Salmon farmer doubles efforts in gill health

gill health The project will look at the effect of geography and seasonal influences on gill health. Image: Scottish Sea Farms
Industry Database

Scottish Sea Farms will lead an applied research project focused on increasing understanding of gill health in farmed salmon, part of its ‘prevention over cure’ approach to fish welfare.

The project team will focus efforts on exploring the effect of geography and seasonal influences on gill health, in order that additional preventative and continuous measures can be identified and deployed; and testing the accuracy of a range of new biomarkers; a suite of veterinary tests which help indicate the health status of fish and will enable more informed decisions.

Scottish Sea Farms’ head of fish health, Dr Ralph Bickerdike, said: “The gills are hugely important to the overall health and wellbeing of Atlantic salmon, yet the factors affecting these vital organs are as highly complex as they are little understood.”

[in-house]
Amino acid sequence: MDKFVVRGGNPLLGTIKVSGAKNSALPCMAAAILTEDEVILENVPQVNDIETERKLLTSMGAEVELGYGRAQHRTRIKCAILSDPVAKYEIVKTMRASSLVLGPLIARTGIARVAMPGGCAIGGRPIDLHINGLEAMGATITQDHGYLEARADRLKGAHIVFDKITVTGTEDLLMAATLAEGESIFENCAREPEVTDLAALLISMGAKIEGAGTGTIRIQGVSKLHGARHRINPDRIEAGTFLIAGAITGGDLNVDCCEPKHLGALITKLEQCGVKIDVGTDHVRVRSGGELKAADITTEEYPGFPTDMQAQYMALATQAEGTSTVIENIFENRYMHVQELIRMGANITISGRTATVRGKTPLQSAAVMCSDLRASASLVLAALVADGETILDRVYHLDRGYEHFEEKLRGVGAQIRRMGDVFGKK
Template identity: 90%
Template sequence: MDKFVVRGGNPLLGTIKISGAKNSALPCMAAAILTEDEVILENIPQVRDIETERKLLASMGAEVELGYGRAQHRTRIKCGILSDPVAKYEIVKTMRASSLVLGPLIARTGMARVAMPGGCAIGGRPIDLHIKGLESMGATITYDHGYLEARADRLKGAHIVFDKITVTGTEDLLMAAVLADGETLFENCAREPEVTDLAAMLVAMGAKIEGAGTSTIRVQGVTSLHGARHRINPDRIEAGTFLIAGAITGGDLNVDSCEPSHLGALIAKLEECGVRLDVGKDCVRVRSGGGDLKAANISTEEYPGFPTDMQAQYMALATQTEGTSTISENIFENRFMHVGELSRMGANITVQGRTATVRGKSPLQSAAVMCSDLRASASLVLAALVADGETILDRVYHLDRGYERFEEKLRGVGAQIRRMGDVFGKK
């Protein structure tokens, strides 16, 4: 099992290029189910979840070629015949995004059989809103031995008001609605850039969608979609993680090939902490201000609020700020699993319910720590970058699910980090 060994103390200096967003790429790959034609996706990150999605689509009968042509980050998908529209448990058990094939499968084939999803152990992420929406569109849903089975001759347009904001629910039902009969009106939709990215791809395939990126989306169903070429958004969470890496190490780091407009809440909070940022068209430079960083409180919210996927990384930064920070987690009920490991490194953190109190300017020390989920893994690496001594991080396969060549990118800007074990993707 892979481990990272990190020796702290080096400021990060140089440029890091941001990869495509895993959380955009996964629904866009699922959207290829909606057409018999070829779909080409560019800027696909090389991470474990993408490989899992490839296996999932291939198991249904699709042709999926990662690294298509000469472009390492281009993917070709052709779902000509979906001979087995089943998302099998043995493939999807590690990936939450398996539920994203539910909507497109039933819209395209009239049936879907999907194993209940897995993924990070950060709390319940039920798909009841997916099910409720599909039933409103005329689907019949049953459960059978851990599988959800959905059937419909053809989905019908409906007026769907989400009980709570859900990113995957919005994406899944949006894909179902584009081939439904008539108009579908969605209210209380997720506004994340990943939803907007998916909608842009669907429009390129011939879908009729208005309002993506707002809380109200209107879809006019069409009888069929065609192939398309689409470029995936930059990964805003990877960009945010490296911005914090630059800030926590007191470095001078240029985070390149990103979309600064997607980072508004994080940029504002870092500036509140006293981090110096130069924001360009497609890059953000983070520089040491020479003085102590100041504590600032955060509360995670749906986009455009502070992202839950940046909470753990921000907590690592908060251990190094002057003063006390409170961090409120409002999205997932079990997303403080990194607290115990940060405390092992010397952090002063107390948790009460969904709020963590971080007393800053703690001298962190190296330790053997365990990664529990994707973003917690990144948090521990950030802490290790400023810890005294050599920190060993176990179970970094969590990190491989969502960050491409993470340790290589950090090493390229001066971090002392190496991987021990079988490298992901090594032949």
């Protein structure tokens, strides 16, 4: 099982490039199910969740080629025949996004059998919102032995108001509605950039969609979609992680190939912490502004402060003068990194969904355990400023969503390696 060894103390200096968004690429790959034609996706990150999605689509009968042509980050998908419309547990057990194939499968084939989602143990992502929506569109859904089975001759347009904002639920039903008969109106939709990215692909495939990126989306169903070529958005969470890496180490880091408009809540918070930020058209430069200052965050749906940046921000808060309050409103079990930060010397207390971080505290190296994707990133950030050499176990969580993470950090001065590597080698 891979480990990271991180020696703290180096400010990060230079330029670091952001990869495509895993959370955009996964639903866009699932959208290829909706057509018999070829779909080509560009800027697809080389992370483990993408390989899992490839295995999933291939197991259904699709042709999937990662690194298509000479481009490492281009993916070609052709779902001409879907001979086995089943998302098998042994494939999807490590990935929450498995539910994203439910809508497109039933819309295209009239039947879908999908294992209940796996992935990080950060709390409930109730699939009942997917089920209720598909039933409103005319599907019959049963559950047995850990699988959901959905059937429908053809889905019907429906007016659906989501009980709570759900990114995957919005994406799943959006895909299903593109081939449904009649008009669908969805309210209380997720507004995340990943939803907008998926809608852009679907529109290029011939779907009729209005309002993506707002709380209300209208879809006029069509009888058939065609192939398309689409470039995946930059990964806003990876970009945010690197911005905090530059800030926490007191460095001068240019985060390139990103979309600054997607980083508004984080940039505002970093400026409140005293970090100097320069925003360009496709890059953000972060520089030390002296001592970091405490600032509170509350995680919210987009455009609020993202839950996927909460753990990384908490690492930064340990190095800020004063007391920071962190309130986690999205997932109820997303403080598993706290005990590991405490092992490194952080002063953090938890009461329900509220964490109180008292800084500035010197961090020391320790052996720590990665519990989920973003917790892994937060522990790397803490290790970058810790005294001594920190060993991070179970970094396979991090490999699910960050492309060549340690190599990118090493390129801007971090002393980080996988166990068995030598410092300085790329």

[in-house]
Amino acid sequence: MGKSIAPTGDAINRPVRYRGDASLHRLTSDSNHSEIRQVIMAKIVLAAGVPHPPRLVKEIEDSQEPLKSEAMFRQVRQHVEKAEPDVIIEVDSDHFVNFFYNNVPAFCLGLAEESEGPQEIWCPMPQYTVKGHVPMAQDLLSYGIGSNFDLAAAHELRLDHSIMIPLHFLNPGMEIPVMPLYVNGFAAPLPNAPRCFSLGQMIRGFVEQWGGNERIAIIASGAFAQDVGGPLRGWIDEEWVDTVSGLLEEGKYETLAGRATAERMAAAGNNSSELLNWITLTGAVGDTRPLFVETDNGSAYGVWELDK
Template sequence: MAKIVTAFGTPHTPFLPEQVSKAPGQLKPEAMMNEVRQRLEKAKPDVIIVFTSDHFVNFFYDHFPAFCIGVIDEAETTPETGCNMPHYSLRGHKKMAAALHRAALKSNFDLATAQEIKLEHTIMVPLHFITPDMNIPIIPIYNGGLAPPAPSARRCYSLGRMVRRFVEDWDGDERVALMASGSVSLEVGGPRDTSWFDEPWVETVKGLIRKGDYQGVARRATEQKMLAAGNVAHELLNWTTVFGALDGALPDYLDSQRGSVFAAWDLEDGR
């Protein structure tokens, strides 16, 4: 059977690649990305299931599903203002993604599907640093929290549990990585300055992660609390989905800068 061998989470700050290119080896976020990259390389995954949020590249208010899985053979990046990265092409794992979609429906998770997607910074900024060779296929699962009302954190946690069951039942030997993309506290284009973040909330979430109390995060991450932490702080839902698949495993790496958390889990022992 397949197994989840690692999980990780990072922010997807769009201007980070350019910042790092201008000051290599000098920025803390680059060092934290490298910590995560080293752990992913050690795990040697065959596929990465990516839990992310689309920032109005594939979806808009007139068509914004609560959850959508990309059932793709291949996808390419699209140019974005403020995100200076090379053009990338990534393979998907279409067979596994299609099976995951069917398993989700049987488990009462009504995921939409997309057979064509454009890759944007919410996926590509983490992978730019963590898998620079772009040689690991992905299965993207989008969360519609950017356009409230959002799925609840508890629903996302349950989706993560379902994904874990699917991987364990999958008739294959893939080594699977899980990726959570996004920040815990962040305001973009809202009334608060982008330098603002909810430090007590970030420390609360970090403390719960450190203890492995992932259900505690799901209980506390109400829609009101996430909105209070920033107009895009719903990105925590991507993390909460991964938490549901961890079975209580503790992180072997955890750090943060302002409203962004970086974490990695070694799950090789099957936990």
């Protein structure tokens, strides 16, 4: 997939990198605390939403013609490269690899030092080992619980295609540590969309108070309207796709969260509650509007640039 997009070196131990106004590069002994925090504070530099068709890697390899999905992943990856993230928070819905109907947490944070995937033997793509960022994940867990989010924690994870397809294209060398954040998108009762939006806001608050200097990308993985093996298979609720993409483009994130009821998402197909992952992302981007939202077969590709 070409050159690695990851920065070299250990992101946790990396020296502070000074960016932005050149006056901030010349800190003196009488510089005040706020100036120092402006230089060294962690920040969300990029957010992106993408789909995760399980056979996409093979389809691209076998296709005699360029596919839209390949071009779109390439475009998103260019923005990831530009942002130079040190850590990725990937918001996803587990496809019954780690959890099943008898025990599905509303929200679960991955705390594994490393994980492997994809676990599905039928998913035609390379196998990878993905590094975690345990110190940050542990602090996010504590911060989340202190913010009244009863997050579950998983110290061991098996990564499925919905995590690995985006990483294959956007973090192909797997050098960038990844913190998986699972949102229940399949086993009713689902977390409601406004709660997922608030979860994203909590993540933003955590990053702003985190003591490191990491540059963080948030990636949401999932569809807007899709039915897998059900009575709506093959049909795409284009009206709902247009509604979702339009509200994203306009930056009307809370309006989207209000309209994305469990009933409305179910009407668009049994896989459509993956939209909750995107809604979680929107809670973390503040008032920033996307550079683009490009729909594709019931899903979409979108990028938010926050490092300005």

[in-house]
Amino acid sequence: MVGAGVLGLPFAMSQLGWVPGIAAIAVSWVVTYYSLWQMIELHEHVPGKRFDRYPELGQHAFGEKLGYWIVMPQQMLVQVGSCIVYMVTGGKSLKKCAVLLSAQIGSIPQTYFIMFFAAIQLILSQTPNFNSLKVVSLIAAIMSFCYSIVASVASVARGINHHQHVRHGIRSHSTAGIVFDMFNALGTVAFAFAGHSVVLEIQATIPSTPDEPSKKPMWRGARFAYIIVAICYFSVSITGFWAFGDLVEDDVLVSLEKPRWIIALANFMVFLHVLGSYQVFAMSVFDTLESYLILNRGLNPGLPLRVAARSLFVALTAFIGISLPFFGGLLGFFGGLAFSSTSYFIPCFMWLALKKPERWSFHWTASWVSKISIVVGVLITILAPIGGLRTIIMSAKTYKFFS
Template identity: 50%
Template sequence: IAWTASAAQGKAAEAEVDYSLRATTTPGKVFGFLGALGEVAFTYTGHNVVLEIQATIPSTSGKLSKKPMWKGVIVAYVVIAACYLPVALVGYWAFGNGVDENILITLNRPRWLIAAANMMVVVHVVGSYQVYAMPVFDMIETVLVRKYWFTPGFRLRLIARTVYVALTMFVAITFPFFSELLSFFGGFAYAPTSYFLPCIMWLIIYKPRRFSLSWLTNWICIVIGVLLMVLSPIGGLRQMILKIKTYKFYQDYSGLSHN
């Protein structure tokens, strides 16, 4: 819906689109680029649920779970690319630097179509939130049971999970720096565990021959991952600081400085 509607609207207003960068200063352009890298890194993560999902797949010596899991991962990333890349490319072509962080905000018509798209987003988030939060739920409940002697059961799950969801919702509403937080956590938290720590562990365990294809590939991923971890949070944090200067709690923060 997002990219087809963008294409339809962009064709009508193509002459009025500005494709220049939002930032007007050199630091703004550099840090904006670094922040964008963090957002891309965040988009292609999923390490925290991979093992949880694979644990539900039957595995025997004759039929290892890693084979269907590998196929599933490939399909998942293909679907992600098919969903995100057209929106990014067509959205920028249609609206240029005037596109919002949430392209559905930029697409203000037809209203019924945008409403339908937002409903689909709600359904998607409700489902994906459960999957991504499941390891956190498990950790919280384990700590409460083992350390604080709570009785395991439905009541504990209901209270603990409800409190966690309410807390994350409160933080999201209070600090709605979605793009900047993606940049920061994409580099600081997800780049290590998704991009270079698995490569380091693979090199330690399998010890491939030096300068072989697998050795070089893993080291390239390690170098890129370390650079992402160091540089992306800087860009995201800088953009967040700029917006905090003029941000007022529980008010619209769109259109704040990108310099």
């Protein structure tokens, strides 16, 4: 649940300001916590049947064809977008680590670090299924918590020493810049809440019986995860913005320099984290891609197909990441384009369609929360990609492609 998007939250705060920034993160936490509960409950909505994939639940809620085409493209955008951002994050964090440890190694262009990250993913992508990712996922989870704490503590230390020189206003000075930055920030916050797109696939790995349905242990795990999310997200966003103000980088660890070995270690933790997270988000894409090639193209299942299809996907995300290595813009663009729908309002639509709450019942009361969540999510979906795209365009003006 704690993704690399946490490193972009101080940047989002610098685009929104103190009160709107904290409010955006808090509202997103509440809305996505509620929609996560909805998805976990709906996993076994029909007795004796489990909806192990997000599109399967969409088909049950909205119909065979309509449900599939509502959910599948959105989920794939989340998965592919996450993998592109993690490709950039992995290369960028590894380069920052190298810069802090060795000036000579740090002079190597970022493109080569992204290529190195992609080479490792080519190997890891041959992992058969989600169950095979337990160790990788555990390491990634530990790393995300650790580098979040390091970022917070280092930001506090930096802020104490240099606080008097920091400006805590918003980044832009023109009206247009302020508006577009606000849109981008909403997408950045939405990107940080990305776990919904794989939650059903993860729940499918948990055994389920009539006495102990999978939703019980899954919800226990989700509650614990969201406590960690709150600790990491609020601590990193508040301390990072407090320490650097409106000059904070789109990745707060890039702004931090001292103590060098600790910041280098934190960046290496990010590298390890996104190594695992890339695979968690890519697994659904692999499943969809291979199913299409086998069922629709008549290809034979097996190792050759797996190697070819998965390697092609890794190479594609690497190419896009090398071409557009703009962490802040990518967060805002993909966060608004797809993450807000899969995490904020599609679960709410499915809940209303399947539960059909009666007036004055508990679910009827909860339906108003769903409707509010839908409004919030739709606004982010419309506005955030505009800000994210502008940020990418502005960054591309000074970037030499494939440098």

Second collaboration

The GB£601,000 project – of which Scottish Sea Farms will fund 62% – will be the salmon farmer’s second such collaboration with academics at the University of Aberdeen, feed specialists BioMar and the Scottish Aquaculture Innovation Centre (SAIC).

“This second gill health project seeks to explore further the early insights gleaned in our initial collaboration, helping increase knowledge of the key risks and how to pre-empt and avoid them,” said Dr Bickerdike.

Scottish Sea Farms’ Lismore North farm in Loch Linnhe experienced unusually high mortalities of 22% during the last crop as a direct result of complex gill health disorder.

The Lismore North farm also witnessed 15% mortalities earlier in the same crop due to Saprolegnia, another area currently being researched by Scottish Sea Farms, SAIC and partners.

There was an overall survival rate of just 59% for the total crop.

This compares with survival rates in excess of 90% for the previous three crops.

Across our Scottish Sea Farms’ estate, average end of crop survival is now 87.2%.

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